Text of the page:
The one notable observation is that about half the Irish ones are just ok, acceptable. And the other half of the Irish ones are truly abysmal. The worst example being an auld fella in the city centre who begins cutting my hair and then after about 4 minutes goes 'voila, all done, thats 18 quid pleeease'. And when you ask him to 'please finish the job' he makes a face akin to Padre Pio weeping for all the pains in the world and starts to bemoan the death of De Valera.

So, lets forget about hair and think about 'the service industry' in general. Is it worth buying Irish or is it sentimental financial suicide ?
Tertiary sector of the economy - Wikipedia, the free encyclopedia
Please keep the discussion polite and respectful at all times.
My Mrs cuts mine far better than any barber I have ever been to, why don't you just keep shopping around like everybody else in the known world until you are happy and stop wasting time, we have politicians to slag off here.
 

Jackass

Well-known member
Joined
Sep 20, 2011
Messages
2,482
Go for an Irish night out in the centre of Dublin and pay 25%+ more than an Irish night out locally. Two tier Ireland still exists.
 

brughahaha

Well-known member
Joined
Jun 1, 2009
Messages
15,303
Grafton barber ...on Grafton street , can't be beaten ........ Not about the money , its about the quality of the cut ( head massage usually included)

Dont really understand the thread TBH

I can buy a shirt in Michael Guineys ....or Pink ....its entirely up to me how i spend my money , if i feel something is a rip off , i don't buy it ...simple really

Anyway , men in general have little to complain about regarding the cost of haircuts considering we pay a fraction of what women pay
 

Shqiptar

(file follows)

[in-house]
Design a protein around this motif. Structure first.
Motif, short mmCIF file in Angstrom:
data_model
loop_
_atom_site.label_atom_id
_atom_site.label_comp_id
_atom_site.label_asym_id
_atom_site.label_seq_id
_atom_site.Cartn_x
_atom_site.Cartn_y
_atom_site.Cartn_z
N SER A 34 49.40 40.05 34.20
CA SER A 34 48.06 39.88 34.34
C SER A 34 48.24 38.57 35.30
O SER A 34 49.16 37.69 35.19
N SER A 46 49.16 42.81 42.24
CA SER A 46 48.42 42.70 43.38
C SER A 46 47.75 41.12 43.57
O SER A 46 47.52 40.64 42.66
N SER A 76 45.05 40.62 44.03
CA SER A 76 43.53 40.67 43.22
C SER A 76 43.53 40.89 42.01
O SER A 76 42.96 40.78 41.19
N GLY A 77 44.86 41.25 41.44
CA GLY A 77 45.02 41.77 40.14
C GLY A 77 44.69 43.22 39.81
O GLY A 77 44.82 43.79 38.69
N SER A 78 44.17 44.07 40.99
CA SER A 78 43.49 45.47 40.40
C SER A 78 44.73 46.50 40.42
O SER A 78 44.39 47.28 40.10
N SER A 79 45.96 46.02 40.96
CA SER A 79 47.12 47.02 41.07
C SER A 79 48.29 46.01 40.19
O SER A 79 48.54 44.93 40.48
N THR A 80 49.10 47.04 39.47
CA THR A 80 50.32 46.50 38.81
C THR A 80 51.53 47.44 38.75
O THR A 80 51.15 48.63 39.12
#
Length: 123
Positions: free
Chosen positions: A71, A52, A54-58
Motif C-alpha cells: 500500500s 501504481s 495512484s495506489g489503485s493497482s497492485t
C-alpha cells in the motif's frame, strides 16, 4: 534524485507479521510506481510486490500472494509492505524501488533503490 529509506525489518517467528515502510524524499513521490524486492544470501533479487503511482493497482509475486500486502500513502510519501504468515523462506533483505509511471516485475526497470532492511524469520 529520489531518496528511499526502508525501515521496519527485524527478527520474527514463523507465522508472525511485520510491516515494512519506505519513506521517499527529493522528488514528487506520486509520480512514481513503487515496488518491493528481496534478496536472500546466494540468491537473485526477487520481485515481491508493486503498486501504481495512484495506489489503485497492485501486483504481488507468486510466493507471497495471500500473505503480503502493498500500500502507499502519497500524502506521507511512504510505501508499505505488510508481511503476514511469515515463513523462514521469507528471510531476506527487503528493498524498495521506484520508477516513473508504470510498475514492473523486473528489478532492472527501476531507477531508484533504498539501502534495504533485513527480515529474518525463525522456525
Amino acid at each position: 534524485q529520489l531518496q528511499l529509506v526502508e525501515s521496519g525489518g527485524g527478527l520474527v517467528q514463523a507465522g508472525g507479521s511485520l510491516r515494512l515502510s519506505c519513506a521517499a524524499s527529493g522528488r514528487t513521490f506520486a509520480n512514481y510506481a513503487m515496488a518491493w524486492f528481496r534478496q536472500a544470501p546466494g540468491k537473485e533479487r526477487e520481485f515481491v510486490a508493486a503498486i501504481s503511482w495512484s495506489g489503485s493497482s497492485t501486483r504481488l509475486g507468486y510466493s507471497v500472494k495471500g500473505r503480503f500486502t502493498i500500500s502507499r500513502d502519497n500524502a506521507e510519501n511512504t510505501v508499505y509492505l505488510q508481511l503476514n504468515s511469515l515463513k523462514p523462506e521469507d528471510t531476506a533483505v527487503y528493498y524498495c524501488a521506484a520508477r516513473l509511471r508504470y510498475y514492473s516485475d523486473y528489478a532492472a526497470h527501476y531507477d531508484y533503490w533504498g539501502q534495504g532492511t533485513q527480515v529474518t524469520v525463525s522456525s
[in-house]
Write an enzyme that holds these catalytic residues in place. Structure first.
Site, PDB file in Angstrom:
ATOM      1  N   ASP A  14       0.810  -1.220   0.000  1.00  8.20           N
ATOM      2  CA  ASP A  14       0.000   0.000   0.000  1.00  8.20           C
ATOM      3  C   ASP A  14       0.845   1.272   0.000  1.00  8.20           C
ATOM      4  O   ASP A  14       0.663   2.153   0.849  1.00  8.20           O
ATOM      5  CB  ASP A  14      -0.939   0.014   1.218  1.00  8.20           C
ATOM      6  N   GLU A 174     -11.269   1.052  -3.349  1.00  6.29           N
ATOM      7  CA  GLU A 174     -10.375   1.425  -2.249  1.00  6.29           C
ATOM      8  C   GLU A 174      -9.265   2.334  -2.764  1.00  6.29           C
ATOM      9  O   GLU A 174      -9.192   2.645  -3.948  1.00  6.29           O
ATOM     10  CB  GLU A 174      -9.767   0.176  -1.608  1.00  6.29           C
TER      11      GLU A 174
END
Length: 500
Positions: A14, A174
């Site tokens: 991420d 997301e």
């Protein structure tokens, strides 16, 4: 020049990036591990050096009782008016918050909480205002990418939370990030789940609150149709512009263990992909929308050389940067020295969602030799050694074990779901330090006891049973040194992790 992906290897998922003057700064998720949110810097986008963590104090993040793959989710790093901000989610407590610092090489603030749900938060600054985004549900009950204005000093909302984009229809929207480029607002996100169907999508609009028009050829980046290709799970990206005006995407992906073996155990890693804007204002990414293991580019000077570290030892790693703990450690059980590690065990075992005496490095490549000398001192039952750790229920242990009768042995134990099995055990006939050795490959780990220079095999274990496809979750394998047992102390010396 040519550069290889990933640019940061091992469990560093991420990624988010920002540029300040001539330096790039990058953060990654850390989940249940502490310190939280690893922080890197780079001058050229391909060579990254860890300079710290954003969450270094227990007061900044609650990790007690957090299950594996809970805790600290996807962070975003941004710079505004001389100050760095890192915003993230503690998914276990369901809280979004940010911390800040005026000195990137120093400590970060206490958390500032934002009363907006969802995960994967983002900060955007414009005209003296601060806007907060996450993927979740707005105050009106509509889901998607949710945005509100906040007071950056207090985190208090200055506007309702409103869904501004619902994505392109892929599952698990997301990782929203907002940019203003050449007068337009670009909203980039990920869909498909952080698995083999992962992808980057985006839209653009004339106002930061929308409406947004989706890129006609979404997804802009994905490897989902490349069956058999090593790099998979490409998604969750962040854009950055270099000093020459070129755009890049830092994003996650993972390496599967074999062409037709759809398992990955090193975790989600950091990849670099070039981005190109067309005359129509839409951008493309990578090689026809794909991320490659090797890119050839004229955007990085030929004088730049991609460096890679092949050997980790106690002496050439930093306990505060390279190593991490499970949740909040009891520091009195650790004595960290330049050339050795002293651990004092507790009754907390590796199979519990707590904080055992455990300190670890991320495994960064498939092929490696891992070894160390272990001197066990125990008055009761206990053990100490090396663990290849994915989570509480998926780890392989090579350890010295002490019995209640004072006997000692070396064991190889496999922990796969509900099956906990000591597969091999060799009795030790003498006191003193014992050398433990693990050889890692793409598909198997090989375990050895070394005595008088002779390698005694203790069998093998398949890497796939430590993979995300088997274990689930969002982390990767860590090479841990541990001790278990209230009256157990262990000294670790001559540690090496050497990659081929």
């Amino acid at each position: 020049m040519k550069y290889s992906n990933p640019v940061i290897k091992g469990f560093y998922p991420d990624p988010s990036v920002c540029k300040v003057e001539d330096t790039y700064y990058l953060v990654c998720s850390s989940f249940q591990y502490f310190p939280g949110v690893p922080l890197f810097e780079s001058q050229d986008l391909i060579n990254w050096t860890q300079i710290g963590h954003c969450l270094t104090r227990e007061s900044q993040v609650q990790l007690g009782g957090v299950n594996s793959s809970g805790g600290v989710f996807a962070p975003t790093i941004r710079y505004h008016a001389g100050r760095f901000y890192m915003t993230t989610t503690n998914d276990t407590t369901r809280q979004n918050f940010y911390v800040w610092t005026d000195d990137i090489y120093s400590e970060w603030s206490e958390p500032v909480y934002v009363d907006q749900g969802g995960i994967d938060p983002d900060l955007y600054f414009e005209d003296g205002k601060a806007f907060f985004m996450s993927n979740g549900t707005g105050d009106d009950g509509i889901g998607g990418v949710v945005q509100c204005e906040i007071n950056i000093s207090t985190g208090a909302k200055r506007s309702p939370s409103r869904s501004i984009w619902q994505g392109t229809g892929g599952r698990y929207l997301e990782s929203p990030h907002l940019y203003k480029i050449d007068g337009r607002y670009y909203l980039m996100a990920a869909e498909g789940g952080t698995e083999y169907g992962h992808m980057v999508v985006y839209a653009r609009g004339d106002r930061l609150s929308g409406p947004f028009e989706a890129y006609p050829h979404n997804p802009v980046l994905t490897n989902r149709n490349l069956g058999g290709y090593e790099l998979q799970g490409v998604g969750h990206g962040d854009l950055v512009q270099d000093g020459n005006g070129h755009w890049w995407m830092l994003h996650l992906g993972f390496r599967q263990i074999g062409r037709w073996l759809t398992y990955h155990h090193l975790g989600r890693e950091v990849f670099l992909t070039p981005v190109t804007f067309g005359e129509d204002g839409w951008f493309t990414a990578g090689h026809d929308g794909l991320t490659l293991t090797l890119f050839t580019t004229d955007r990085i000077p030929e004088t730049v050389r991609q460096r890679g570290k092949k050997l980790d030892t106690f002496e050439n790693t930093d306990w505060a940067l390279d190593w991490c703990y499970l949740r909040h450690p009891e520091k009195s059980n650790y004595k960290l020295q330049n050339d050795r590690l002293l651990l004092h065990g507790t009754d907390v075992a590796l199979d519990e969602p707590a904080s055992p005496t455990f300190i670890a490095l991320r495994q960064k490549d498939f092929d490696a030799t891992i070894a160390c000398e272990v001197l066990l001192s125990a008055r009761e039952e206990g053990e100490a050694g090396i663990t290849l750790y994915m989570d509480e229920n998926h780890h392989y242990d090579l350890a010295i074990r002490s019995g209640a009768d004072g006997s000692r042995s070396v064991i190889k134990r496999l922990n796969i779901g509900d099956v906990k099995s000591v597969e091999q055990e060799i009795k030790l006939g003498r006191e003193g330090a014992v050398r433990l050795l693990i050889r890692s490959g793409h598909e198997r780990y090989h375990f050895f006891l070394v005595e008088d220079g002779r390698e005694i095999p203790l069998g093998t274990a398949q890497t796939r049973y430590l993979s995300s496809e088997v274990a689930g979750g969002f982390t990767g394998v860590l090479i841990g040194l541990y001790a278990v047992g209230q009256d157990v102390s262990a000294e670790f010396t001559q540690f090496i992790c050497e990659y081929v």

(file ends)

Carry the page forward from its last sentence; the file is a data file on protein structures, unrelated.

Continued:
Well-known member
Joined
Mar 18, 2012
Messages
6,309
Oh look. Another of those self-loathing, the-Irish-are-the-worst-nation-ever threads.
 

ygargarin

Well-known member
Joined
Apr 1, 2012
Messages
2,356
I would have thought that going anywhere in Ireland for a haircut was buying Irish!
Agreed. Ethnicity of service-provider is irellevant. Unless op just dislikes foreigners - then he/she has other problems to deal with.
 

Mr. Bumble

Well-known member
Joined
Sep 7, 2010
Messages
18,254
In order to ascertain if an experiment is accurate and reliable, people often repeat the data collection many times. So, you are invited to collect your own data and to arrive at your own conclusions.

Over the last couple of years i have been using many different barber shops across Dublin to get my hair cut. Trying to find the perfect barber that i can stay loyal to forever. Have now tried about 20 of them. One Polish one is cheap and no frills- 7 quid. Another Polish one is priced at the market rate of a tenner yet she takes ages to cut your hair and does an excellent job. 45 minutes in the chair. The fellas from Azerbaijan will throw in a head massage and some exotic eyebrow treatments for free - a good 35 minutes fun. The Turkish fellas use hot towels and make me feel like a Sultan for a day - for 9 quid.